Red Wine Isn’t the Only Source of Resveratrol

Disclaimer: Results are not guaranteed*** and may vary from person to person***.

It’s no secret that consuming a diet high in polyphenols is the way to go to prevent cardiovascular disease. Polyphenols can be found in a variety of foods, but one of the most famous is resveratrol found in red wine.

Resveratrol has garnered the lion’s share of positive press when it comes to polyphenols boosting health and rightly so. Resveratrol is a powerful antioxidant that could play a potentially big role in protecting the body from disease. One of the best sources of resveratrol is red wine. And therein lays a problem: many people, for different reasons, don’t want to drink a lot of alcohol.

It’s true that the alcohol in red wine itself offers health benefits when consumed in moderation. Red wine alcohol can help to increase levels of HDL cholesterol—the good type of cholesterol. The more HDL cholesterol you have, the less likely you are to run into trouble with LDL cholesterol and the onset of heart disease. Red wine alcohol also helps to reduce a substance called fibrinogen. Fibrinogen is involved in the process of blood clotting, which, when it comes to the heart, can be a bad thing. Blood clots can lead to stroke and other serious health complications.

Now, what if you don’t want to drink alcohol—can you still benefit from the resveratrol in red wine? The answer to that is “yes.” First of all, there is a myth that when you cook with red wine the alcohol will be burned off completely. That may not be the case. Sometimes a food cooked in wine will retain up to a third of the original alcohol content depending on the length of cooking time.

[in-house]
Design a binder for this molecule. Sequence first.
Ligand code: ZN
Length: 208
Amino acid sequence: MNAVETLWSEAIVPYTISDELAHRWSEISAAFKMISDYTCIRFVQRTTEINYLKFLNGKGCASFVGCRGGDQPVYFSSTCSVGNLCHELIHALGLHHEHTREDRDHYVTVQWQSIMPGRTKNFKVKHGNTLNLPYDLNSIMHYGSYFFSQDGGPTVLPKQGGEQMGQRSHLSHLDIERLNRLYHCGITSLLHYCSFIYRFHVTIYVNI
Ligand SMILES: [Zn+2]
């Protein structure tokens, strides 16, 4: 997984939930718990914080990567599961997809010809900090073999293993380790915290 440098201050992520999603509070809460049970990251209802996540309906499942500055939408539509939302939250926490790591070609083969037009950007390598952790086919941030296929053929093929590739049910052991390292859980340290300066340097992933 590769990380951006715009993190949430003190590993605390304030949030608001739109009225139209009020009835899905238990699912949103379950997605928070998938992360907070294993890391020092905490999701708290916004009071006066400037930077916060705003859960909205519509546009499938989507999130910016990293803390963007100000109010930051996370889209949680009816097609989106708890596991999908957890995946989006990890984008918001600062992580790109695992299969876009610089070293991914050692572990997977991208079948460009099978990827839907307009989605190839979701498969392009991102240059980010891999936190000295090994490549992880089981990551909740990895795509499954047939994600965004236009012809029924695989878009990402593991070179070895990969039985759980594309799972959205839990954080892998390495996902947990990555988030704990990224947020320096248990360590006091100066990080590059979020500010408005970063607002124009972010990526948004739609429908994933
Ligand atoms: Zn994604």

For most people, cooking with red wine usually involves longer periods of time. If a food is cooked for more than 30 minutes, much of the alcohol will likely evaporate during the cooking process. This “alcohol-free” red wine still imparts health benefits, according to the results of clinical trials.

Last year, Spanish researchers at the University of Barcelona evaluated the effects of both alcoholic and nonalcoholic red wine on blood pressure and plasma nitric oxide in people at high risk for heart disease. Nitric oxide is a compound that plays a key role in cardiovascular function. It’s directly involved in regulating normal blood pressure and increasing circulation. It may also play a role in maintaining healthy triglyceride levels and in dilating the arteries to ensure healthy blood flow.

Sixty-seven men were recruited for the trial. The men were given a common diet to consume and then divided into three treatment groups: red wine (30g alcohol/day), the equivalent amount of dealcoholized red wine, or gin (30g alcohol/day). The trial lasted four weeks. The researchers measured blood pressure and plasma nitric oxide before and after the intervention.

They found that both systolic and diastolic blood pressure decreased significantly after the dealcoholized red wine intervention. They also noted increases in plasma nitric oxide. The researchers concluded that dealcoholized red wine decreases blood pressure and could be useful for the prevention of hypertension.

Source(s) for Today’s Article:
Chiva-Blanch, G., et al., “Dealcoholized red wine decreases systolic and diastolic blood pressure and increases plasma nitric oxide: short communication,” Circ Res. September 28, 2012; 111(8): 1065-8.
Gorelik, S., et al., “A novel function of red wine polyphenols in humans: prevention of absorption of cytotoxic lipid peroxidation products,” FASEB J. January 2008; 22(1): 41-6.